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Cowboy Church, Morning Manna, Holy Grounds

. 1 min read

From The United Methodist Church in Arkansas:

If you want to see a cowboy or girl in church, you best hold your service on Tuesday evening. Why? Because those folks travel and work on the weekends, moving from town to town on the rodeo, county and state fair circuit. So when Cowboy Church gathers, it’s Tuesday evenings at John and Pat Poole’s place, Adonai Tsuri, in Van Buren, Arkansas. Poole and his wife, and members of their Heritage UMC life group, had a vision of reaching people in the cowboy culture. According to Kip James, a member of the life group, the Poole’s vision was to offer a place where someone could come straight from feeding cattle or work, and experience welcome and belonging. That vision became reality with the construction of Adonai Tsuri, Hebrew for “God Our Rock.” The building is nestled in a bucolic setting overlooking a lake. Women and men—most of them laity—share the responsibility of delivering the message, and music leans toward bluegrass, country and hymns.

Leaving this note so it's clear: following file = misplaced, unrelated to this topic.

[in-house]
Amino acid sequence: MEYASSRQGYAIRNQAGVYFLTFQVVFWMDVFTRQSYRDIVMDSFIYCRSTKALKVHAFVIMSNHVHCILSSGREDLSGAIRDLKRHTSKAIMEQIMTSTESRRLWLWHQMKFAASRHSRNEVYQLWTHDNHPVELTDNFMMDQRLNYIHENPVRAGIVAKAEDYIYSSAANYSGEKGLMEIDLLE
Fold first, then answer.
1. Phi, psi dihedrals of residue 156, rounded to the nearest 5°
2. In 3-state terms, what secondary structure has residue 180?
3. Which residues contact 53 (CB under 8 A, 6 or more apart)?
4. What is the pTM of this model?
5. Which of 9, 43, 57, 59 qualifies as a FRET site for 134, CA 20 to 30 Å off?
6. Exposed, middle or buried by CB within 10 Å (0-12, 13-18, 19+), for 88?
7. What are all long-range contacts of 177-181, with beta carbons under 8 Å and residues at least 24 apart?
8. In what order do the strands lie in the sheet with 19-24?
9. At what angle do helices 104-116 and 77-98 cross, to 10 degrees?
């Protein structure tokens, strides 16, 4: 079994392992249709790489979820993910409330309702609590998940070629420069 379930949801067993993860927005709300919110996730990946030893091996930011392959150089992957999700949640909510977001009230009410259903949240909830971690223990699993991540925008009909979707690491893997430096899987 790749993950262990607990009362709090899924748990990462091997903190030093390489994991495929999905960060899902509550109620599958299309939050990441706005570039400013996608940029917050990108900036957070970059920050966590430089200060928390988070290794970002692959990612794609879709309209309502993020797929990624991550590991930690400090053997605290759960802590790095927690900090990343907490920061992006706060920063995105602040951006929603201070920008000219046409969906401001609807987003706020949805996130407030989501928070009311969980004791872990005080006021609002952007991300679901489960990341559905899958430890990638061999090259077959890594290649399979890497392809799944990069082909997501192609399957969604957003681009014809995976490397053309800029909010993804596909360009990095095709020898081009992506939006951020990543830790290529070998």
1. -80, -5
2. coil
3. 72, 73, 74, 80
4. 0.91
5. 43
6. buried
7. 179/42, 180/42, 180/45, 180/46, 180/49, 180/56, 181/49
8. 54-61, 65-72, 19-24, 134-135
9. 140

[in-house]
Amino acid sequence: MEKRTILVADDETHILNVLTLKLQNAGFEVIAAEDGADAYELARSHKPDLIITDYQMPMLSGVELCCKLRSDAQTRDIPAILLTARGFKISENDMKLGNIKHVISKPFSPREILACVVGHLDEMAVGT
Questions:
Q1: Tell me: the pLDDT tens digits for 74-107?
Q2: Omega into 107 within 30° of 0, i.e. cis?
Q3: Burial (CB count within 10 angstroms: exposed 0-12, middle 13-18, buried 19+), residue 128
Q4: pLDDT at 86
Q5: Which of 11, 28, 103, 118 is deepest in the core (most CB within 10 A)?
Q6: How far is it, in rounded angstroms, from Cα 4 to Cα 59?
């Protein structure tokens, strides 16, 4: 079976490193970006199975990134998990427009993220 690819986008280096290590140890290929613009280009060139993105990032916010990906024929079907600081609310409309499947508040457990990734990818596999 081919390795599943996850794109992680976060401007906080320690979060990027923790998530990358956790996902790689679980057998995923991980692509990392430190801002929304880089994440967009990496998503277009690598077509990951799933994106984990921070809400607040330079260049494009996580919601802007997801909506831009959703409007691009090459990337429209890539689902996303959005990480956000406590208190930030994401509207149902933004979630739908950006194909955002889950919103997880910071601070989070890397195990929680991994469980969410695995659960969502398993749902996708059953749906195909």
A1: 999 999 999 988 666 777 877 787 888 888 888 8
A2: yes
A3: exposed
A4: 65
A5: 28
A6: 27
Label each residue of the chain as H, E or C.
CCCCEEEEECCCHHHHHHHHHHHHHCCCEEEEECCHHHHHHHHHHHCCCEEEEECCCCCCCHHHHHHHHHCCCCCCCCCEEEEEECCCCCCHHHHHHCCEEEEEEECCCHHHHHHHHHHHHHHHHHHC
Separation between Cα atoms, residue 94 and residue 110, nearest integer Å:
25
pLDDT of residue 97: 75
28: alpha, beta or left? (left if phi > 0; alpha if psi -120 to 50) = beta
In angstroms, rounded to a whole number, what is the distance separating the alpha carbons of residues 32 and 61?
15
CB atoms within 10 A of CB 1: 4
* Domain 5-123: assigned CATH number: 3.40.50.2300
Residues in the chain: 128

“The Poole’s wanted to offer a service where everyone was welcome,” James wrote in an email. “There are no expectations about your background in the Christian body, if you have been to a church or never been to a church.” The relaxed, come-as-you-are atmosphere has appeal for all ages, and it’s not unusual to see multiple generations worshipping together. “You always want to come to see how the Lord has worked in people’s lives,” James wrote. “To understand that God still is at work in this world and how much he truly loves us.”

Read the story of alternative worship experiences.